Reflux, cholesterol and your diet

Do you suffer from high cholesterol and gastro-oesophagal reflux disorder (GORD)?

Here's how to improve both conditions with the correct diet:

Step 1: Get professional help
The first step is to consult a registered dietician. Your dietician will work out an individual diet prescription that takes both these conditions, as well as medications you may be taking and other individual factors, into account.

Step 2: Manage your cholesterol
To lower your cholesterol levels, you'll have to follow a diet that's low in total fat, saturated fat and cholesterol, and high in dietary fibre and protective nutrients. This means eating plenty of fruit and vegetables, legumes, low-fat milk and dairy products, very lean meat and fish, having only four eggs per week, and eating only mono- or polyunsaturated margarine or oil.

If you don't need to lose any weight, you can eat slightly larger portions of these foods; if you do need to lose weight, however, it's important to stick to the portion sizes your dietician recommends.

It's furthermore important to check the foods you buy in the supermarket. Compare the total fat content of, for instance, standard Vienna sausages to that of low-fat Viennas. If the latter still contain more than 3g of fat per 100g, it's better to entirely avoid Viennas.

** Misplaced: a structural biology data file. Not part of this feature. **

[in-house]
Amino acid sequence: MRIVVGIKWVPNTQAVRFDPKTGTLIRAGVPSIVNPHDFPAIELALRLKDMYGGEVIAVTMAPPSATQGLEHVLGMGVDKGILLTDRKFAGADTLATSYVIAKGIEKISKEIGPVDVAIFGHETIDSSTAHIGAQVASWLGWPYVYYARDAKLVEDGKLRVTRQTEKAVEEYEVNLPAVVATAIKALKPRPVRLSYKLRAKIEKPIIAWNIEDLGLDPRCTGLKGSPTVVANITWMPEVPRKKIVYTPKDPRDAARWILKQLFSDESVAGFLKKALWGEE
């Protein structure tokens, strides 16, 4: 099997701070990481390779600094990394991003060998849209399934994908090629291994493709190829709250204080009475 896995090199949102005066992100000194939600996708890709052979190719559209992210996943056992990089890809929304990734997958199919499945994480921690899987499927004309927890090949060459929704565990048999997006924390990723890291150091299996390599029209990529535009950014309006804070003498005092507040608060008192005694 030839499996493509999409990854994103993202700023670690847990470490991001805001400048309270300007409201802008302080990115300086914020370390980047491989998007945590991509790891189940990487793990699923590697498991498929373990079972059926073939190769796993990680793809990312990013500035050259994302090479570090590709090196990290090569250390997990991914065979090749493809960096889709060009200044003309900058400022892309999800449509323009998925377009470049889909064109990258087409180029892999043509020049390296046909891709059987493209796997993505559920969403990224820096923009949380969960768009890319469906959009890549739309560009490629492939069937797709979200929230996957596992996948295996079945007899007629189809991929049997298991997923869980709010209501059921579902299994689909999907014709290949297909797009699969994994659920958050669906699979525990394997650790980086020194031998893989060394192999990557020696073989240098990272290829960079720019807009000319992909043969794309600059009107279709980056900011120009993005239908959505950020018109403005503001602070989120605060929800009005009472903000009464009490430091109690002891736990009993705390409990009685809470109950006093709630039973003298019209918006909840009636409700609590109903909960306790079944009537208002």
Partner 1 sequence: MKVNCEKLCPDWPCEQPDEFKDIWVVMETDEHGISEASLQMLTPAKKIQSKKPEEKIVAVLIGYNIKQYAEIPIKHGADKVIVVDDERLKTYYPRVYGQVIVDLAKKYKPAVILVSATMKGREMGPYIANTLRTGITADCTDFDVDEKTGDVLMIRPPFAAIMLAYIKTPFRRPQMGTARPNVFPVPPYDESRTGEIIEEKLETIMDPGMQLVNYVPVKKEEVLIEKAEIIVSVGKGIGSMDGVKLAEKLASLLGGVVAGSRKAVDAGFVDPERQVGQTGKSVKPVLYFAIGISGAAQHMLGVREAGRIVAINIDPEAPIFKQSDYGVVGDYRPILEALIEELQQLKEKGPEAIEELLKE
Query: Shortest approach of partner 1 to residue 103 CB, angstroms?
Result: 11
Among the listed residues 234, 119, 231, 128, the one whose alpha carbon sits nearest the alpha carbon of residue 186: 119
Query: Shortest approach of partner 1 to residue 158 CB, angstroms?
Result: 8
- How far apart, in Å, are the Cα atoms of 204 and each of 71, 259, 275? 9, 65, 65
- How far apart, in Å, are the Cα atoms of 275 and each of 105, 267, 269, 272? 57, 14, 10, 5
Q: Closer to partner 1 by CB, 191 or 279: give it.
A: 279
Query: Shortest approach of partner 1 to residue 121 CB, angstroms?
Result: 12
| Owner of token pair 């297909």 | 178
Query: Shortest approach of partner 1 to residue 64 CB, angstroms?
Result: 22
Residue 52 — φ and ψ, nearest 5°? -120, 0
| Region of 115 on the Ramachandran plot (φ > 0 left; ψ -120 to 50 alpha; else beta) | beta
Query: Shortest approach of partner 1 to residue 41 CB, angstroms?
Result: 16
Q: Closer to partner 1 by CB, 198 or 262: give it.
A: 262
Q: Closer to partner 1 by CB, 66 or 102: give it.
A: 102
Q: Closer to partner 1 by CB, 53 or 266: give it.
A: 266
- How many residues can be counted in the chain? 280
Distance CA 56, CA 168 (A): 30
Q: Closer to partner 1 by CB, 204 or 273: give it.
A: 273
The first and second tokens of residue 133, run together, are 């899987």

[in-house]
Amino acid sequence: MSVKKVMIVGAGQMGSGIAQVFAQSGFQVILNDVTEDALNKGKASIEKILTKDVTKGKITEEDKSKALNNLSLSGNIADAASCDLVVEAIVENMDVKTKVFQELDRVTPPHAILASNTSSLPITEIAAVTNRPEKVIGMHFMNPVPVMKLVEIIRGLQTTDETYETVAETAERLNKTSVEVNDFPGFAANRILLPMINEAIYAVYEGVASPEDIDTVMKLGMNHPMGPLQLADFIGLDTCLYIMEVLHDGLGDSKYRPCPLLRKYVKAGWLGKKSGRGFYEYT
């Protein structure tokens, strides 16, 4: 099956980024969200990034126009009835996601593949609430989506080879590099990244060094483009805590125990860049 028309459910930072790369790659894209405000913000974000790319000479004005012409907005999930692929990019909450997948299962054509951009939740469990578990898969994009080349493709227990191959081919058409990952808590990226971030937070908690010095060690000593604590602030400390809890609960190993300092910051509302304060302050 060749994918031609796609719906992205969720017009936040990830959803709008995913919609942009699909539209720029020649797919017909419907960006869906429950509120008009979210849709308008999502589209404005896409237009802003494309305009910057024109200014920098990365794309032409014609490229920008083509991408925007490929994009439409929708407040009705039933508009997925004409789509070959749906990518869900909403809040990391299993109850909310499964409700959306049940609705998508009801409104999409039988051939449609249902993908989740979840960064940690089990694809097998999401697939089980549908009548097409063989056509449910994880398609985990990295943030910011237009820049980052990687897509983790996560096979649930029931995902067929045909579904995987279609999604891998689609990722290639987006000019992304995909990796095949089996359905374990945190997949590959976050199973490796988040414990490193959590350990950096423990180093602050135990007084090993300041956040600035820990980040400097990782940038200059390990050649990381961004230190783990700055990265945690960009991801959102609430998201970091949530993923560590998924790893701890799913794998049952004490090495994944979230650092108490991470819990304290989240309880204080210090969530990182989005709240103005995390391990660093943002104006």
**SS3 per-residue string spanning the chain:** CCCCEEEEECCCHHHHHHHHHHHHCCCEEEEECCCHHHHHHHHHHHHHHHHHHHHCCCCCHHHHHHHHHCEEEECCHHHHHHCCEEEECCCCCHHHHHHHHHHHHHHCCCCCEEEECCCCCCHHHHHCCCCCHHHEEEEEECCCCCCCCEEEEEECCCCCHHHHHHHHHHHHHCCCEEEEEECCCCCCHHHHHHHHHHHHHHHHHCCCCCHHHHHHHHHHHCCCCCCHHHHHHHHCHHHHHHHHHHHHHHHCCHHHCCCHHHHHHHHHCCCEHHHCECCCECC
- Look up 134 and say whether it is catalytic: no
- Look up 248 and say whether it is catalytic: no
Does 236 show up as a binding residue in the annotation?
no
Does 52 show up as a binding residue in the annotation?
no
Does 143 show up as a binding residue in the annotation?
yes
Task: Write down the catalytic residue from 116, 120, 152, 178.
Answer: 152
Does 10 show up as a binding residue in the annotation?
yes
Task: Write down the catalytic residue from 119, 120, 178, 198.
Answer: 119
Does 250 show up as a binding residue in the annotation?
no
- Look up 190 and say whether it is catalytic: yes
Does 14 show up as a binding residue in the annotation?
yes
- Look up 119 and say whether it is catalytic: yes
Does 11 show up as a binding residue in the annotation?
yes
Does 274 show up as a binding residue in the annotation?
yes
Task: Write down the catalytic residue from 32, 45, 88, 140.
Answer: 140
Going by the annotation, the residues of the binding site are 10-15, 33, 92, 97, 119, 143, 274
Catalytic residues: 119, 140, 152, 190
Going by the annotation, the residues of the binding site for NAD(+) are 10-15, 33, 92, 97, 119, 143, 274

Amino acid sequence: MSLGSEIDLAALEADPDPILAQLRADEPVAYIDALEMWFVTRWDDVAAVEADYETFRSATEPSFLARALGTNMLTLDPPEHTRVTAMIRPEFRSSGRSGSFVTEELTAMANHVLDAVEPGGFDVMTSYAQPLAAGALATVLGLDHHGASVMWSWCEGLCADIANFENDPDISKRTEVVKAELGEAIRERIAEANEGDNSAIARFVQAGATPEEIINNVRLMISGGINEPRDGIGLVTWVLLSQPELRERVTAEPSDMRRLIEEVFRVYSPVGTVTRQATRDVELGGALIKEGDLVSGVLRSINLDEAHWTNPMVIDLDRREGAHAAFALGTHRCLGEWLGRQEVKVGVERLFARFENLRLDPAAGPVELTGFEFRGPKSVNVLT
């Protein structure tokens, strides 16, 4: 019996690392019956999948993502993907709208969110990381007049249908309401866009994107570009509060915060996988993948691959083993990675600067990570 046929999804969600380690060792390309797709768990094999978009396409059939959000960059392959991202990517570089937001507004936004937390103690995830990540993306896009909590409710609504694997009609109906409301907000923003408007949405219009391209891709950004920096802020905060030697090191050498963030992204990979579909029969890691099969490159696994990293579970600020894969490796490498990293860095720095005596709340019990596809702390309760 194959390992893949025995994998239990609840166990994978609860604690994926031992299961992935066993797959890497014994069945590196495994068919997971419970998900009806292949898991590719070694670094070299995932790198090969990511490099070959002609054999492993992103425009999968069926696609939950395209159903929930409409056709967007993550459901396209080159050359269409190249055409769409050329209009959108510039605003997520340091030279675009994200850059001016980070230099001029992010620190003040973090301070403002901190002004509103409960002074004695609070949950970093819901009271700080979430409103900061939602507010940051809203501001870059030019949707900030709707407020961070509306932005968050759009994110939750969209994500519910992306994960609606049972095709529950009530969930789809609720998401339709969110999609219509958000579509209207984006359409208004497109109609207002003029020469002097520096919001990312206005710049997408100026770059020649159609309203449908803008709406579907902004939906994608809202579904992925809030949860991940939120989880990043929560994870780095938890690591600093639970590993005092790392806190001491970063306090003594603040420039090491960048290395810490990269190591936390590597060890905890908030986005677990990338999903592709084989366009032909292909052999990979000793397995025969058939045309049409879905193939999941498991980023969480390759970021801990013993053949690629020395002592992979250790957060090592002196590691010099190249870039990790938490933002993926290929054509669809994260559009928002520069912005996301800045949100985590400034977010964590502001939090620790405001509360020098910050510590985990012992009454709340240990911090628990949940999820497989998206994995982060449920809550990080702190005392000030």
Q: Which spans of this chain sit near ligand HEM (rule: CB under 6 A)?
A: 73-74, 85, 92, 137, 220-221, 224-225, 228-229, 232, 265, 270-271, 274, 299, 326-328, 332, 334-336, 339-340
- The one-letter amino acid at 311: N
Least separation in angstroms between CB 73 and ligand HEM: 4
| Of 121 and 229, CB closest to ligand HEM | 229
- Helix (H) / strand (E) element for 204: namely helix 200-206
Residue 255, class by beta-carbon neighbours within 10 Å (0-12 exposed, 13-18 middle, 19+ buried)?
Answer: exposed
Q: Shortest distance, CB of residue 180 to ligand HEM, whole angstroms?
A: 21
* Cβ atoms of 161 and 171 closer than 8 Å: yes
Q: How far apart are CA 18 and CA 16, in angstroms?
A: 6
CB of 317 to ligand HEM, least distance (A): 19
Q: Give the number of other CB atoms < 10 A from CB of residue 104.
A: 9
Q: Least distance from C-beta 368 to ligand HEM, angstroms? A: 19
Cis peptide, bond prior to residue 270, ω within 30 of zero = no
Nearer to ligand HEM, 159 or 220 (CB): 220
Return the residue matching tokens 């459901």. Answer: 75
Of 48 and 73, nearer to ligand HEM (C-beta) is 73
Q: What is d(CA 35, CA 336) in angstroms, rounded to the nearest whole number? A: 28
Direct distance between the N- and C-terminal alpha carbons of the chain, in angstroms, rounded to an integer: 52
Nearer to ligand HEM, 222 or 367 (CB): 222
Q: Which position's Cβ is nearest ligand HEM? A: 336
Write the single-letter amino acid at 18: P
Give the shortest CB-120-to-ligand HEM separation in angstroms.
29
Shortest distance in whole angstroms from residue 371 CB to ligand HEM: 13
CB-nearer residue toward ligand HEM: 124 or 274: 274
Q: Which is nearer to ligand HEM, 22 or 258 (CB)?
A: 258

Try to go for less processed foods. For example, cook chicken without the skin and without the added fat (grill or boil in a stew) at home. This gives you more control over the amount of fat you eat.

You can also use omega-3 fatty acids (salmon oil capsules, for instance) to reduce your blood cholesterol. 

Step 3: Manage the gastric reflux
Heartburn, acid reflux and stomach ulcers are caused by excess acid production in the stomach.

If you have food in your stomach, this give the acid something it can work on instead of attacking the stomach lining. Aiming for six smaller meals a day is a good idea when you're suffering from reflux, as this would mean that you practically always have some food in your stomach to prevent acid erosion. Also try to split up your main meals into two smaller meals each.

If you suffer from reflux, you'll also have to experiment with the foods you eat. Certain foods, e.g. raw onions, garlic, cucumber, green peppers, very spicy foods and condiments, carbonated cold drinks, very fatty food and alcohol, may worsen your symptoms.

Food reactions differ from person to person. For this reason, you'll have to keep a food diary to see which foods cause reflux. Avoid these foods if you can, and ask your dietician to assist you in finding substitutes as you might be excluding important nutrients from your diet.
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